In a draught bill, an Ohio senator seeks clarification on crypto tax filing.

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Senator Rob Portman said that lawmakers were “still pulling in information” on cryptocurrency to draught the bill, suggesting that he released it prematurely.

A Republican senator from Ohio is currently working on bills to prohibit US residents from evading taxation on their cryptocurrency profits.

Senator Rob Portman said today on CNBC’s Squawk Box that he intended to pass a bill with bipartisan support during the next legislative recess to fix the issue of multiple crypto users in the United States not paying taxes. According to the senator, lawmakers “don’t have the final bill yet” and are “still pulling in information” on the topic. He did, however, state that both Republicans and Democrats were involved in closing the crypto tax gap.

“The idea is to have better information reporting on cryptocurrency, and to define it better for tax purposes,” said Portmand. “There is […] a trillion-dollar tax gap right now. Some of that tax gap is attributable to the cryptocurrency issue.”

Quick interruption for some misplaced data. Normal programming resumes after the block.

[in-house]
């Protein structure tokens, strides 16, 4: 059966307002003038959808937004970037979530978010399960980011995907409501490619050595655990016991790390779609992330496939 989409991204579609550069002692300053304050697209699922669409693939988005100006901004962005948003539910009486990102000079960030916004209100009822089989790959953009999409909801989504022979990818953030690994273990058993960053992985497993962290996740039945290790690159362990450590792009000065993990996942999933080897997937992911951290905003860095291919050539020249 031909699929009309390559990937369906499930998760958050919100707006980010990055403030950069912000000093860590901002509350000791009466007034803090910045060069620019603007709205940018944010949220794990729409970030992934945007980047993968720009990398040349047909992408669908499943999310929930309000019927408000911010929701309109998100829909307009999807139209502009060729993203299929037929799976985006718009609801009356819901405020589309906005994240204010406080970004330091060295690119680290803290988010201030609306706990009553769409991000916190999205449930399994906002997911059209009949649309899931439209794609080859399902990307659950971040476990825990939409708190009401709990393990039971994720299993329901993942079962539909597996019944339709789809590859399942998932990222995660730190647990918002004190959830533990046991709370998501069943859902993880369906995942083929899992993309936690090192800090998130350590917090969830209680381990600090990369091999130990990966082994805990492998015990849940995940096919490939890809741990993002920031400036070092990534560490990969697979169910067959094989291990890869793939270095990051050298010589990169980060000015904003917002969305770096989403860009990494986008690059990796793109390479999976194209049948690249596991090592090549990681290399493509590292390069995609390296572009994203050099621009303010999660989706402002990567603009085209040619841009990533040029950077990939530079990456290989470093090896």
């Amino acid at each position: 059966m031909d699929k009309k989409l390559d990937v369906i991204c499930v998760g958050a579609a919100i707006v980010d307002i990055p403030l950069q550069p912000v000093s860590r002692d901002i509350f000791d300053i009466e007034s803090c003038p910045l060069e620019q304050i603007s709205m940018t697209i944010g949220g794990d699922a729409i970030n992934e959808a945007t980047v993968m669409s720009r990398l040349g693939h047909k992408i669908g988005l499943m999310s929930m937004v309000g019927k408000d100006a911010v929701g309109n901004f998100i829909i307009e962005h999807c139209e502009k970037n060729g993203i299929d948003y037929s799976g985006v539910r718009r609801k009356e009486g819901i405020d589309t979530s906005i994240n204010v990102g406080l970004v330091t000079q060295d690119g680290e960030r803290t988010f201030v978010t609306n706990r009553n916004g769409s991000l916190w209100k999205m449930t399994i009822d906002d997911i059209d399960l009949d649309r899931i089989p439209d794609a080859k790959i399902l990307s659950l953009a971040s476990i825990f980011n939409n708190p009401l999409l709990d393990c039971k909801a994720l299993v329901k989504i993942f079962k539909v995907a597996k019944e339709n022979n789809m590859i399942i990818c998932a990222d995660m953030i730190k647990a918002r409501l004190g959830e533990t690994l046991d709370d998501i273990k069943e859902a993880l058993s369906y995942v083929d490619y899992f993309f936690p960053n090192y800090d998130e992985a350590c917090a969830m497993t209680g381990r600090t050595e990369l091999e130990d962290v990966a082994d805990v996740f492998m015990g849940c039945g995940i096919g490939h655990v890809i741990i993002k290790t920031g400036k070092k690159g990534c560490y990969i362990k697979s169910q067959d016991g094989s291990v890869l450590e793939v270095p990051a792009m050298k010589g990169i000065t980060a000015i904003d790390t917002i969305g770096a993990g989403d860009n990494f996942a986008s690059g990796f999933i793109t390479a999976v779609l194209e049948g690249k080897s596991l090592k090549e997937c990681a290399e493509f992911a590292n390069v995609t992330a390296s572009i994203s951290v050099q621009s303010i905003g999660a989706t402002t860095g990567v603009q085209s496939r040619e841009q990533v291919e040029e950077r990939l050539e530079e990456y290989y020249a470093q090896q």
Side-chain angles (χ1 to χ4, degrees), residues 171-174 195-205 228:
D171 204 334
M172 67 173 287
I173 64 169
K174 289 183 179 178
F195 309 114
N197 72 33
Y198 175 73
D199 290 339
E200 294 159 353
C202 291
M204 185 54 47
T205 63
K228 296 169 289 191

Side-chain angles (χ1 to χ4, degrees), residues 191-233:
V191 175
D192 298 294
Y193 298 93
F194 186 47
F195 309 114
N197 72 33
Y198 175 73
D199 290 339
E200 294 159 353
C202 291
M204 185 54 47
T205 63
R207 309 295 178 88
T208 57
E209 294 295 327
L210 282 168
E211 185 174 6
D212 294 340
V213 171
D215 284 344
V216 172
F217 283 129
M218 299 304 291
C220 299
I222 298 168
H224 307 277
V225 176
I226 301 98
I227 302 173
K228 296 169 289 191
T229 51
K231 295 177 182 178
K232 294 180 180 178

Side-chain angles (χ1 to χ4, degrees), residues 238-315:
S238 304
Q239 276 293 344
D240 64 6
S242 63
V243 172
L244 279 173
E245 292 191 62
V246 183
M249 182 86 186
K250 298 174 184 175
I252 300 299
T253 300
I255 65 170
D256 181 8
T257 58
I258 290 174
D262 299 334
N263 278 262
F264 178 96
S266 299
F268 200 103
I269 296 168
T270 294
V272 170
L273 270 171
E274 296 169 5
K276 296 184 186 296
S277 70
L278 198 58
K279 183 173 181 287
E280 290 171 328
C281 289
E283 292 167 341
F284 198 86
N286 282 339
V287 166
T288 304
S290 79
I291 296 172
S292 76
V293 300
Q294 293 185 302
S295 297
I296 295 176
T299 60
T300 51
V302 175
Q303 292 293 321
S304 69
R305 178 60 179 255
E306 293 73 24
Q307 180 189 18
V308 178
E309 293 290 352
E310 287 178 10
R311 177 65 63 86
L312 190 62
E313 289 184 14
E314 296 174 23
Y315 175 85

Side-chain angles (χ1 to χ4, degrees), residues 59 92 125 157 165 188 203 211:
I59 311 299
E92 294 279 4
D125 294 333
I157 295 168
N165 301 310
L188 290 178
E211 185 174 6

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According to data from the Internal Revenue Service, or IRS, in October, 83.6% of taxes were paid “voluntarily and on time” from 2011 to 2013. During this period, the U.S. government lost an average of roughly $400 billion a year.

Portman brought up the draught bill at a Senate Finance Committee meeting last Tuesday, where he confronted IRS Commissioner Charles Rettig. The commissioner said that establishing effective reporting standards for cryptocurrency would “absolutely” assist in closing the tax gap.

Rettig cited his position in including a query on the 2019 tax return forms asking filers whether they had purchased, traded, shipped, or shared some financial interest in cryptocurrencies. He went on to say that some elements of the crypto universe, such as nonfungible tokens, were “not visible by design.”

Other U.S. policymakers have attempted to establish guidelines for disclosing cryptocurrency on taxation as the platform has become more popular in portfolios. Last year, two House representatives proposed the Virtual Currency Tax Fairness Act of 2020, which aims to provide an exception for crypto expenditures that count as personal expenses.

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